1913 CHALMERS MODEL 18 SEVEN PASSENGER TOURING
Chassis No. 34269
Dark red with black belting, fenders and red pinstriping with black tufted leather interior and a black top
Engine: six cylinder, 54hp; Gearbox: four-speed manual with reverse; Suspension: front, semi-elliptic leaf springs with rear three-quarter elliptic leaf springs; Brakes: two wheel rear brakes. Right hand drive.
In 1908 Hugh Chalmers teamed up with former Thomas-Detroit executives Howard Coffin and Roy Chapin. The duo of Coffin and Chapin had just set out on their own, dissatisfied under the guidance of executive E.R. Thomas. They had hoped to find a financial backer who shared their automotive vision and as luck would have it, Hugh Chalmers came into the picture. Chalmers had been an extremely successful marketing man at the National Cash Register Company and, though he did not have any experience in the motoring world, he felt he would try his hand. By July of that year the Chalmers-Detroit Motor Car Company was founded. Within a few short years Hugh Chalmers had diversified his interests and included the Hudson name as a subsidiary company. After differences arose between Chalmers and the team of Chapin and Coffin, the two companies were split with Chalmers staying with his namesake and the duo joining the Hudson Motor Car Company.
The clever marketing genius that he was, Hugh Chalmers knew that if his cars were to gain notoriety they would have to race and win. In 1908 his cars did just that as two Chalmers finished first and second in the grueling Jericho Sweepstakes of Long Island, New York. In the years that followed, Chalmers continued to race, perform quite impressively and even win on occasion. This strategy did indeed pay off as sales increased and the clientele did as well. It is reported that even families like the Rockefellers and Vanderbilts owned Chalmers motor cars. Chalmers made a point of putting the right kind of people in his cars, he even donated a brand new car to baseball's annual Most Valuable Player. His four cylinder motor cars did quite well in the company's early period and Chalmers took the next step forward and introduced a new six cylinder for the 1912 model line. By 1913 Chalmers offered a variety of alternatives including a respectable four cylinder, 30 horsepower, 115 inch wheelbase Model 16, a 118 inch wheelbase, 30 horsepower, four cylinder Model 17, as well as the car on offer here, the Model 18. The 1913 Model 18 Chalmers was the company's top-of-the line product and was available in six different body styles. All Model 18s were six cylinder cars and featured a horsepower rating of almost 55 and utilized a 130 inch wheelbase chassis. They were well received and regarded as being one of the better, more reasonably priced American automobiles available at the time.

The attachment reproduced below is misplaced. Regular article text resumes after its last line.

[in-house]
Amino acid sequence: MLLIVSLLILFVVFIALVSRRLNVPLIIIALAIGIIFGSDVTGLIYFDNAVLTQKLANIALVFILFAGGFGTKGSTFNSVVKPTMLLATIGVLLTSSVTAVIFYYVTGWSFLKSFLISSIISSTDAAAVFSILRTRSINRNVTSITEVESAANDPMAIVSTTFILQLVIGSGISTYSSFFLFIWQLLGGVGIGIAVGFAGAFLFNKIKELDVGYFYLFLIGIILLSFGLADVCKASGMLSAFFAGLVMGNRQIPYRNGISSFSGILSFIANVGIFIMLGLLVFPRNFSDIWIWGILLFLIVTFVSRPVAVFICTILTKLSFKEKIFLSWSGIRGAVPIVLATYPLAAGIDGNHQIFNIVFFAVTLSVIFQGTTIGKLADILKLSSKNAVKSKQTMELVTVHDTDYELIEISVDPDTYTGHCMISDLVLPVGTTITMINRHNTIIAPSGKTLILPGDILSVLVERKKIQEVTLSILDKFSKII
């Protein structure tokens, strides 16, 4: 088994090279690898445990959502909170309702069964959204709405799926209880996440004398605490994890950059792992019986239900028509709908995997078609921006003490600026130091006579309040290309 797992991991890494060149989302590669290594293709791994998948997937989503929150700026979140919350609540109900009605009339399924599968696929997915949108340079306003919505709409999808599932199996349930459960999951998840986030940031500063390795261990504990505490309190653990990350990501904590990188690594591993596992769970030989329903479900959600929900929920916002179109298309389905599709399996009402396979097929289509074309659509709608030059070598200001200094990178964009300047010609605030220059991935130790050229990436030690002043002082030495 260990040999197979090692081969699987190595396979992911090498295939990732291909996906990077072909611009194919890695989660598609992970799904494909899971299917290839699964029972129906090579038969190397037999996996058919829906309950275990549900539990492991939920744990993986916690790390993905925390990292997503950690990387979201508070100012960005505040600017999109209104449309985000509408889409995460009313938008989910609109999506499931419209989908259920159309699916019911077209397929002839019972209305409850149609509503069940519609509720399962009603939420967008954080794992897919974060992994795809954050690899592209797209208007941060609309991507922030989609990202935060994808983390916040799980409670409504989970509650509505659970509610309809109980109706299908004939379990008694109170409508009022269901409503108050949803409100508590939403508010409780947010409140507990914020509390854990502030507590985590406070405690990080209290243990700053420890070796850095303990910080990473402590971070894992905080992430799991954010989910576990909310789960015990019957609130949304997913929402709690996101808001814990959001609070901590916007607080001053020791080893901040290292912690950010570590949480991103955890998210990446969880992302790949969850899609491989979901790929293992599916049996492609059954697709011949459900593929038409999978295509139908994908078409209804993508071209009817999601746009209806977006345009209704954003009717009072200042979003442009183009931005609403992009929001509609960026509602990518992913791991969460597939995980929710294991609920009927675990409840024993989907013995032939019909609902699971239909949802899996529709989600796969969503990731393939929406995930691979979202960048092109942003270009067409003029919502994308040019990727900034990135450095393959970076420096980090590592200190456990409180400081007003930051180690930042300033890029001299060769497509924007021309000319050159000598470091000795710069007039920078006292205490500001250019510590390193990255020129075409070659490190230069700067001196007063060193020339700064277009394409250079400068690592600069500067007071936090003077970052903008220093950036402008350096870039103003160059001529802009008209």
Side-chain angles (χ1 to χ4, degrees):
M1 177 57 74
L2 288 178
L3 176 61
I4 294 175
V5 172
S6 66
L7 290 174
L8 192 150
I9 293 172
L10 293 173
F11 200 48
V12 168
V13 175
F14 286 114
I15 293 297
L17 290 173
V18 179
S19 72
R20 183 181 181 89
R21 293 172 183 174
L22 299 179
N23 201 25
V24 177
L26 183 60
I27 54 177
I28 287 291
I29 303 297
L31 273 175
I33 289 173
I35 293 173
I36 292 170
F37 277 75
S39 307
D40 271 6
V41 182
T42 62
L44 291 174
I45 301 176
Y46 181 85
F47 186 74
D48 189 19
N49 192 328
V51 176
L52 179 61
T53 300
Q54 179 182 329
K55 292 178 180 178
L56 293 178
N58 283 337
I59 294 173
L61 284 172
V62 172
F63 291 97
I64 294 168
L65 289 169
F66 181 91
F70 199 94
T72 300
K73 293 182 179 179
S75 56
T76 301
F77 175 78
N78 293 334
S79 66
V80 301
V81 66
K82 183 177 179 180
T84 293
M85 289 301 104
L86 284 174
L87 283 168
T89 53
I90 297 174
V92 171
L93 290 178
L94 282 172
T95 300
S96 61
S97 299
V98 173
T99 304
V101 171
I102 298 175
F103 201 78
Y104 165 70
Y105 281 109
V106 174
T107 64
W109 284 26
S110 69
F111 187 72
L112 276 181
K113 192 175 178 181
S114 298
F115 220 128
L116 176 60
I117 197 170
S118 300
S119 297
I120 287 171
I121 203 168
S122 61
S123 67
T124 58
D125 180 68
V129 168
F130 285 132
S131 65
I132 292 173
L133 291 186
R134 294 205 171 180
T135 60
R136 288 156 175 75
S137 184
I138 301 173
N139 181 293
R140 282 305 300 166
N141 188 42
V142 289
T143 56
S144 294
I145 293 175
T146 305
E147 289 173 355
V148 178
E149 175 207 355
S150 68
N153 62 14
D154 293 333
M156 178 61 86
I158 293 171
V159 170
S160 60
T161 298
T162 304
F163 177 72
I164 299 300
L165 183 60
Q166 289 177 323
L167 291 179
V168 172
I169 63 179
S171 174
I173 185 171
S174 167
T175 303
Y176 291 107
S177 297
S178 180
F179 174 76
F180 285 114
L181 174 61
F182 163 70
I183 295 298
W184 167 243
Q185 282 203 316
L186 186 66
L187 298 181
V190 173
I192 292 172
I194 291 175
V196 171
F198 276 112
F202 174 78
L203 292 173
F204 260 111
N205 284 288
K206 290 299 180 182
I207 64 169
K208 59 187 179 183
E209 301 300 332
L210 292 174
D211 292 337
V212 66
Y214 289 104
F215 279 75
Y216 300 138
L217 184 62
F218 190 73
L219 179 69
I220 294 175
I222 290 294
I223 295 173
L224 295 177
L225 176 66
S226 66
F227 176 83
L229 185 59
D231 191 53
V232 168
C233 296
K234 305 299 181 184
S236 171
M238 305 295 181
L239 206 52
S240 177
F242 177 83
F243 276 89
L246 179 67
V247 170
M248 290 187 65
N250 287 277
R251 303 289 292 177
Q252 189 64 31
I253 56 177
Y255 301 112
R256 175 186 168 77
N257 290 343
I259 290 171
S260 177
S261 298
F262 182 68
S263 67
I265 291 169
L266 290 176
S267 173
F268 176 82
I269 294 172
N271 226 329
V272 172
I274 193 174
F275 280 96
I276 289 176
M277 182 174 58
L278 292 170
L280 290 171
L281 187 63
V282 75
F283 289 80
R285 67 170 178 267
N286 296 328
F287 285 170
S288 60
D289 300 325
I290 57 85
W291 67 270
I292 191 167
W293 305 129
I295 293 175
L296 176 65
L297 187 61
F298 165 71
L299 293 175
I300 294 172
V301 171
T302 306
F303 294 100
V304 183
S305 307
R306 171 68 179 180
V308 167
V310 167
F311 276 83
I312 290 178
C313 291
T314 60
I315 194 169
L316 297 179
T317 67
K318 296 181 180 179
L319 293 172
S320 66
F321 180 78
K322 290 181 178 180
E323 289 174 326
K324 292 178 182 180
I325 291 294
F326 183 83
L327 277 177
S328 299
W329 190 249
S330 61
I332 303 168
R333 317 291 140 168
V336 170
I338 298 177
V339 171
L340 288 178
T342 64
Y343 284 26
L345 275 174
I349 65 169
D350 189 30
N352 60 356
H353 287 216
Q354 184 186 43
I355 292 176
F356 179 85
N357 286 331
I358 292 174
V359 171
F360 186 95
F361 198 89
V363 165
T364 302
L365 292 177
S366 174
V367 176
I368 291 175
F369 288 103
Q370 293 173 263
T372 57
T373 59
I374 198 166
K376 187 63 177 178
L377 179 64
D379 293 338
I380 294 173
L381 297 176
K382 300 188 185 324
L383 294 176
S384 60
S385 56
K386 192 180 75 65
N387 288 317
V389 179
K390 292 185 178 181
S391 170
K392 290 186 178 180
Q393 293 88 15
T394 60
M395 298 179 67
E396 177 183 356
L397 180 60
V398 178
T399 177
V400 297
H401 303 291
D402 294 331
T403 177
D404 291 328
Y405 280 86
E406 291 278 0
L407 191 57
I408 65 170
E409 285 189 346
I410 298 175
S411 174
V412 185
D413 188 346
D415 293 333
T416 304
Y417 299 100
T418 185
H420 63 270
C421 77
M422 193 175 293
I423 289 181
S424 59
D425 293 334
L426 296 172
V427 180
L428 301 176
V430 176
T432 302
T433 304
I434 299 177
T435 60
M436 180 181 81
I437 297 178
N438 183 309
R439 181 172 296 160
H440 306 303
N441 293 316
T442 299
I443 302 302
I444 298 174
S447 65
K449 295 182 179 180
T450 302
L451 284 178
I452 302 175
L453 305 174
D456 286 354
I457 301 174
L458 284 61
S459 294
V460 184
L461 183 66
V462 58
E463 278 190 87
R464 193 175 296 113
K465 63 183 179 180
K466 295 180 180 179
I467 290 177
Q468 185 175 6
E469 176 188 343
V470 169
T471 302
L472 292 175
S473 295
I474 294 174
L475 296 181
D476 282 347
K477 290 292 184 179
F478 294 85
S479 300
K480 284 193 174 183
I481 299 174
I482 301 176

This rather well powered car appears to be an honest example of the Model 18. It was purchased for the Browning Collection in 1988 from Mr. Jim Dillon. Since then it has received minimal restoration attention as it is understood that only the radiator and interior were redone. The paintwork appears quite old and is showing extensive wear in many areas. The motor and engine bay appear very original, however, an earlier restoration is quite likely. The underbody shows equal wear and lends to the car's well driven appearance. Currently, the Chalmers is fitted with a Rayfield carburetor, a Jordan motometer, dual side mount spares and a rear mounted trunk. A Warner speedometer and Gray and Davis amperes gauges are also equipped in the driver's area of the car. The brightwork appears to have some imperfections and blemishing throughout. This Model 18 Chalmers has dual head and side lamps, a fold down windshield and a Gray and Davis tail lamp numbered 115.
Though presentable as is, this rare example offers the new owner both the option of current use or the chance to embark on an extensive and complete restoration. With a healthy horsepower rating of nearly 55, this Model 18 Seven Passenger Touring car offers both comfort and performance at a fair price, much as it did in 1913. The Chalmers would undoubtedly be a welcome entrant and participant at many Horseless Carriage events and tours.